Underneath, the Track Pack suspension doesn't isolate passengers from every road dimple, but it is hardly punishing either. The long wheelbase helps smooth out wavy pavement. We found the Charger to be an admirable highway companion marred only by its fuel consumption. At 16/25 mpg, the Charger does (significantly) best the SS, but it really would benefit from the extra three cogs afforded by Chrysler's latest transmission. We had a hard time pegging the highway figure but matched the 19 mpg combined number in mixed driving.
Leftlane's bottom line
Go easier on the options - the tacky Daytona package is gone for 2014, for one - and the Charger looks like an awfully good value. It's easy to find one in the mid-$35,000 range, and we imagine a good negotiator could pay a lot less than that. Suddenly the Chevrolet SS may not seem worth the stretch (an SS stickers for about $44,000).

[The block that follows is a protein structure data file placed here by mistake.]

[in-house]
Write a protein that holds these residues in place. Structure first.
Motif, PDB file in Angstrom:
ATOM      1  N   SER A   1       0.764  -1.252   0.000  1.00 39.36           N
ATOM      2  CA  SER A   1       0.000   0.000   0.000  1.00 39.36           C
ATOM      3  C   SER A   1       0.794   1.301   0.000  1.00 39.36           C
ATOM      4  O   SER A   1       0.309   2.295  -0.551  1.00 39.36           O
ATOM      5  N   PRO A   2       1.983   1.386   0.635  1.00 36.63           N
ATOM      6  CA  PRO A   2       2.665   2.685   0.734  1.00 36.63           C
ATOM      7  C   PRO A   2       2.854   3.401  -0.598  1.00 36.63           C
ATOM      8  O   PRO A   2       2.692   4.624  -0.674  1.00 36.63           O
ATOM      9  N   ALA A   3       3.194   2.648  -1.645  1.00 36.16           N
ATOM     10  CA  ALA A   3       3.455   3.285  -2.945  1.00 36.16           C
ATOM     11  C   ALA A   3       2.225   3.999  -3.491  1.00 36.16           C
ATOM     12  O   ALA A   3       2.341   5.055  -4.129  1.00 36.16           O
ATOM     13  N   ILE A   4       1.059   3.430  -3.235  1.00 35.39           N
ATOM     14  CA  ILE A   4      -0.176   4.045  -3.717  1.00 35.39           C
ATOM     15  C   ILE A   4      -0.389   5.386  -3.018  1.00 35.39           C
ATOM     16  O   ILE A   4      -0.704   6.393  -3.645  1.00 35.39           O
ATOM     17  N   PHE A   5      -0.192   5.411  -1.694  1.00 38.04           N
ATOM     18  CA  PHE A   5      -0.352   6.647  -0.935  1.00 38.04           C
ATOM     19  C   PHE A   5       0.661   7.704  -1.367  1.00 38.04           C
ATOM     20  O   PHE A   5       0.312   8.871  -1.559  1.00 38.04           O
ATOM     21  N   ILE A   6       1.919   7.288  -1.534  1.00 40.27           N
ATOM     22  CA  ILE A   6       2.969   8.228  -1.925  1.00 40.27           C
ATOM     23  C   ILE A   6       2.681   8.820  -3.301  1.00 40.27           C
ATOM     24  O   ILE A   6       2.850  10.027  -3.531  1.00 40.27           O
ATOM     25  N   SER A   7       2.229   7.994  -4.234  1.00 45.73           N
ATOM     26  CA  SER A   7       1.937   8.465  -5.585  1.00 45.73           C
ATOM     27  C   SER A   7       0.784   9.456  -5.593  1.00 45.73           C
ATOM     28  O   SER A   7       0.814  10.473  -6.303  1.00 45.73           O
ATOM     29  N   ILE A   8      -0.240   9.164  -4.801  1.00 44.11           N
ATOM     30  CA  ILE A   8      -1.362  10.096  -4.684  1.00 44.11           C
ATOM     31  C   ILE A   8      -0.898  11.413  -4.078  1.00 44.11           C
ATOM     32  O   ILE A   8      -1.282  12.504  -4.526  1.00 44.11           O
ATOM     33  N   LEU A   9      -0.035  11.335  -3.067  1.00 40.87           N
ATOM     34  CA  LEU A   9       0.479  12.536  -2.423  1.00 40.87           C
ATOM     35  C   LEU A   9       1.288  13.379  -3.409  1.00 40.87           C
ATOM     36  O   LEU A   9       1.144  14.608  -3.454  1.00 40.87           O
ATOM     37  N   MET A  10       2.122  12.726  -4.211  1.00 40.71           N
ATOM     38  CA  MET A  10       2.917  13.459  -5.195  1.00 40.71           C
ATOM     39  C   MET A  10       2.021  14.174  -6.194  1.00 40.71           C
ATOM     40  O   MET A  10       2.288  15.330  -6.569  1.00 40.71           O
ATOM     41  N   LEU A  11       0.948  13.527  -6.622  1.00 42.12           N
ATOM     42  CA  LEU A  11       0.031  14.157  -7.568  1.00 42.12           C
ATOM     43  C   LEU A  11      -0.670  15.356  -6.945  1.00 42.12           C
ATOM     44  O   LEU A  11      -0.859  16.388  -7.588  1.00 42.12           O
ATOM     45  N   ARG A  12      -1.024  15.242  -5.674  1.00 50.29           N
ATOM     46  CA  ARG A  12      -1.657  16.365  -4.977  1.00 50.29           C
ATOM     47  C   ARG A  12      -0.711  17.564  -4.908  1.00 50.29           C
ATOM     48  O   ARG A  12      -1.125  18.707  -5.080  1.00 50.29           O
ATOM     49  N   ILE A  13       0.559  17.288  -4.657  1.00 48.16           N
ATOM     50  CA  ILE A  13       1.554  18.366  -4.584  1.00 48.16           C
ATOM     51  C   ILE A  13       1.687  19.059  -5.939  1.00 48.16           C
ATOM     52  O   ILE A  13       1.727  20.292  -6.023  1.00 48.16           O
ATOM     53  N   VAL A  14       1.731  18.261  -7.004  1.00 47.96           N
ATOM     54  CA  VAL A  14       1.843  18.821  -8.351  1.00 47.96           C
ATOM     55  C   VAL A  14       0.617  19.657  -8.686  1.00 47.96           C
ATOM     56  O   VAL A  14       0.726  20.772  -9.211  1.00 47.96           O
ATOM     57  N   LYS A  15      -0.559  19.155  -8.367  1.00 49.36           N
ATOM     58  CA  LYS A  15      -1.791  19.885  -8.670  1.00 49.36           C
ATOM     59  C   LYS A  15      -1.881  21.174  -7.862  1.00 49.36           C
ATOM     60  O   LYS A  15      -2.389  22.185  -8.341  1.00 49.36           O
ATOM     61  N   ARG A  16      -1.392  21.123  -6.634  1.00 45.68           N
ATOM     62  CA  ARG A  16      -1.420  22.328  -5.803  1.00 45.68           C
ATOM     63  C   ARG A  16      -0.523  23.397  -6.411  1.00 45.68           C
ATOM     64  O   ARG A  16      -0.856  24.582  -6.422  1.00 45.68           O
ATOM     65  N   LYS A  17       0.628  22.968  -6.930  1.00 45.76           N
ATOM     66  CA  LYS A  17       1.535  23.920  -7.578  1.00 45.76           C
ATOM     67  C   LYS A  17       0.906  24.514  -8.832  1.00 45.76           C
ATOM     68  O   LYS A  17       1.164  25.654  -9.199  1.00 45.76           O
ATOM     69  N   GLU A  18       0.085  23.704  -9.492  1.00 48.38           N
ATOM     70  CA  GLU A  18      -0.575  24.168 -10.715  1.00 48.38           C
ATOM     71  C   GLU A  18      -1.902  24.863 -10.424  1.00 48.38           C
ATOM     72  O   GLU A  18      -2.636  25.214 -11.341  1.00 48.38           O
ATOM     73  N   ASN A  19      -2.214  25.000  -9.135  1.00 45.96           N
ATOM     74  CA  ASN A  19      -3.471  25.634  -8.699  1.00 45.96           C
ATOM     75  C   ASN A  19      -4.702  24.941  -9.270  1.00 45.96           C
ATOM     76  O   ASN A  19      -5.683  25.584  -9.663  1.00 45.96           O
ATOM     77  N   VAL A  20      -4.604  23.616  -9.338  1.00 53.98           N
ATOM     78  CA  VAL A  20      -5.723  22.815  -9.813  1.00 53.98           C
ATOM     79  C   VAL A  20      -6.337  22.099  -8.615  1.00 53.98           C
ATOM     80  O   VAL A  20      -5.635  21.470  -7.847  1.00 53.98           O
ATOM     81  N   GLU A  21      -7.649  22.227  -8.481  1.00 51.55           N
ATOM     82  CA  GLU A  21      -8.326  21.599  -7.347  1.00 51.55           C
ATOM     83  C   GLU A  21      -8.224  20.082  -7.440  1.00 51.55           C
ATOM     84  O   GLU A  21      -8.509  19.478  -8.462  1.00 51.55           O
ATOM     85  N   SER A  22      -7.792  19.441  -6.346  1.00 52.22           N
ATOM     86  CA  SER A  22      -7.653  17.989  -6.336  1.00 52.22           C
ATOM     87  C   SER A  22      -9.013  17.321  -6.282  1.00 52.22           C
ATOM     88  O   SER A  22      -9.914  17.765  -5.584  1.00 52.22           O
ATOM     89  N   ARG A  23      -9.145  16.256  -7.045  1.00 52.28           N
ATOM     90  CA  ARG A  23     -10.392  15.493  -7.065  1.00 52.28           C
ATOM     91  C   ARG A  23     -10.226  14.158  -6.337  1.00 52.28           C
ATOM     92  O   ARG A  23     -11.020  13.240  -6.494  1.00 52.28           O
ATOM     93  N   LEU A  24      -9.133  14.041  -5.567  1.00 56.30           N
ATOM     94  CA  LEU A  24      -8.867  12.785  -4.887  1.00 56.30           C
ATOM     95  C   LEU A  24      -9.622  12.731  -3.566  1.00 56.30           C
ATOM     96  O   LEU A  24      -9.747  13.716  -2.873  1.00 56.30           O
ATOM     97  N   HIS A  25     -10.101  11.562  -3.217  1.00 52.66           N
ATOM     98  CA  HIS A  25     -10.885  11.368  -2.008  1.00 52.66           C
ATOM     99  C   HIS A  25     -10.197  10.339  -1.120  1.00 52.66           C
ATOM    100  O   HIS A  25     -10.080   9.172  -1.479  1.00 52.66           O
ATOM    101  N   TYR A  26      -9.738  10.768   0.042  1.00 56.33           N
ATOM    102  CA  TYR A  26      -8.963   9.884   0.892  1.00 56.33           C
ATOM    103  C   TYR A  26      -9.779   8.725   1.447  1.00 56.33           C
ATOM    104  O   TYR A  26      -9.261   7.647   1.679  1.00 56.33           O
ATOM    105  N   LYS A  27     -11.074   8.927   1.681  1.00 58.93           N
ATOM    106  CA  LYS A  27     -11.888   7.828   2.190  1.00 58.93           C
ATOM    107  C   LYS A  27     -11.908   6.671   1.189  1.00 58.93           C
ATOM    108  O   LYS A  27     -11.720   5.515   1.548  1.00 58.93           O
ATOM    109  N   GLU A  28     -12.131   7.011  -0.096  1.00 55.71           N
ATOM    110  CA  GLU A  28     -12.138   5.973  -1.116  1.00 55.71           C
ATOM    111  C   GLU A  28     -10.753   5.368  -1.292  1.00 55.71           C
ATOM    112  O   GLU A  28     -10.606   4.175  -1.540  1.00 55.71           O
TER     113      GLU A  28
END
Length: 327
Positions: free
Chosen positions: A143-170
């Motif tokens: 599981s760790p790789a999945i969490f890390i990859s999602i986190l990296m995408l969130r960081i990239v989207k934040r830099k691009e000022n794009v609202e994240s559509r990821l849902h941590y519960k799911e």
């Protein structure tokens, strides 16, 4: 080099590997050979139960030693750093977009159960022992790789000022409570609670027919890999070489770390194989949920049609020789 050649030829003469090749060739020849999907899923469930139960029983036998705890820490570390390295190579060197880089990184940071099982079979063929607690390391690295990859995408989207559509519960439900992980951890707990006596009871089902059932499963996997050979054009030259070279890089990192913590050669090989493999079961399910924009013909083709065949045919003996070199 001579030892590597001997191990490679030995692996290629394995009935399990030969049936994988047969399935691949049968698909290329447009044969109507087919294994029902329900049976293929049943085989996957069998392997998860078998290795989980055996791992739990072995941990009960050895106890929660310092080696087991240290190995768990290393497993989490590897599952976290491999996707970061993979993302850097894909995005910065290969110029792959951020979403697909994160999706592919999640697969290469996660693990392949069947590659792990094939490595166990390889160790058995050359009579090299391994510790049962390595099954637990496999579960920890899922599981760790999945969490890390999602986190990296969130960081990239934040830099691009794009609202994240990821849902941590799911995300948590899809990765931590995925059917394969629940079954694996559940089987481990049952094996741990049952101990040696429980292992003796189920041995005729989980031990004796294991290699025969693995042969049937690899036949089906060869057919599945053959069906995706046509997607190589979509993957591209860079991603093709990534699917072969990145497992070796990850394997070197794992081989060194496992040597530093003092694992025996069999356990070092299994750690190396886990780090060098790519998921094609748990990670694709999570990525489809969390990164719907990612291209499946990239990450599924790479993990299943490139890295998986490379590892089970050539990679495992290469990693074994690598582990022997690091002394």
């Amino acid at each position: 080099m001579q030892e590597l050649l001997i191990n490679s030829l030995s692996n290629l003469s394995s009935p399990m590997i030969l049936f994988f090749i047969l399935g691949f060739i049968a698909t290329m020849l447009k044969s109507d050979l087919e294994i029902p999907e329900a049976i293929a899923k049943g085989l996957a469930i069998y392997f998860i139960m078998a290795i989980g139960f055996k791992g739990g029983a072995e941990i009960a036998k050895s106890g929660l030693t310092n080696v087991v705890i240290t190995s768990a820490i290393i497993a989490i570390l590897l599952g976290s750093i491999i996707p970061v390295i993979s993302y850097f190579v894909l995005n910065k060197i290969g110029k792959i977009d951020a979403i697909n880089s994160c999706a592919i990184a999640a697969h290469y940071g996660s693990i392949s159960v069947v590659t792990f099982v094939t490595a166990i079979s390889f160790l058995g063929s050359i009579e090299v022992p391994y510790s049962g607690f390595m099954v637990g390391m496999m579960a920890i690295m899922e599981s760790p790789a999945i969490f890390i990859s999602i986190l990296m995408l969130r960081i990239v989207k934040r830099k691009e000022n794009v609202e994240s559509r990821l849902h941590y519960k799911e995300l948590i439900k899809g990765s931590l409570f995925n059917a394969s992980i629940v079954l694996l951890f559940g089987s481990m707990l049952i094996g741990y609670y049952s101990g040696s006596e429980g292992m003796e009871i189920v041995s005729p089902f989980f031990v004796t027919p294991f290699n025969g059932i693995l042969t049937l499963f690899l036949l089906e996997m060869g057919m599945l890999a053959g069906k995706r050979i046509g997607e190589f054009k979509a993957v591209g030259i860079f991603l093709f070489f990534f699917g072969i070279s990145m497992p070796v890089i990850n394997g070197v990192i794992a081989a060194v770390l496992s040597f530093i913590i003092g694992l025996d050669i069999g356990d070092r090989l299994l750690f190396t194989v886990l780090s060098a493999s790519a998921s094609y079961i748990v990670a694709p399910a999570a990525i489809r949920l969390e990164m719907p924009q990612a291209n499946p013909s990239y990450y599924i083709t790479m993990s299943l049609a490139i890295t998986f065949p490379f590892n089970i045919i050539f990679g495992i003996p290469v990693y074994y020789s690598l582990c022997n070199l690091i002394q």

Refined road manners combine with a ferocious powertrain and more swagger than any other four-door to make this sedan worth coveting. We look forward to more updates to the interior and transmission, but there's still plenty to love about the Dodge Charger R/T.
2013 Dodge Charger R/T base price, $29,995. As tested, $41,645.
Plus Package, $2,000; Road & Track Package, $2,000; Daytona Package, $2,500; Navigation/backup camera, $1,195; Driver Confidence Package, $795; Super Track Pack, $400; Adaptive cruise control, $925; Power moonroof, $840 Destination, $995.
Photos by Andrew Ganz.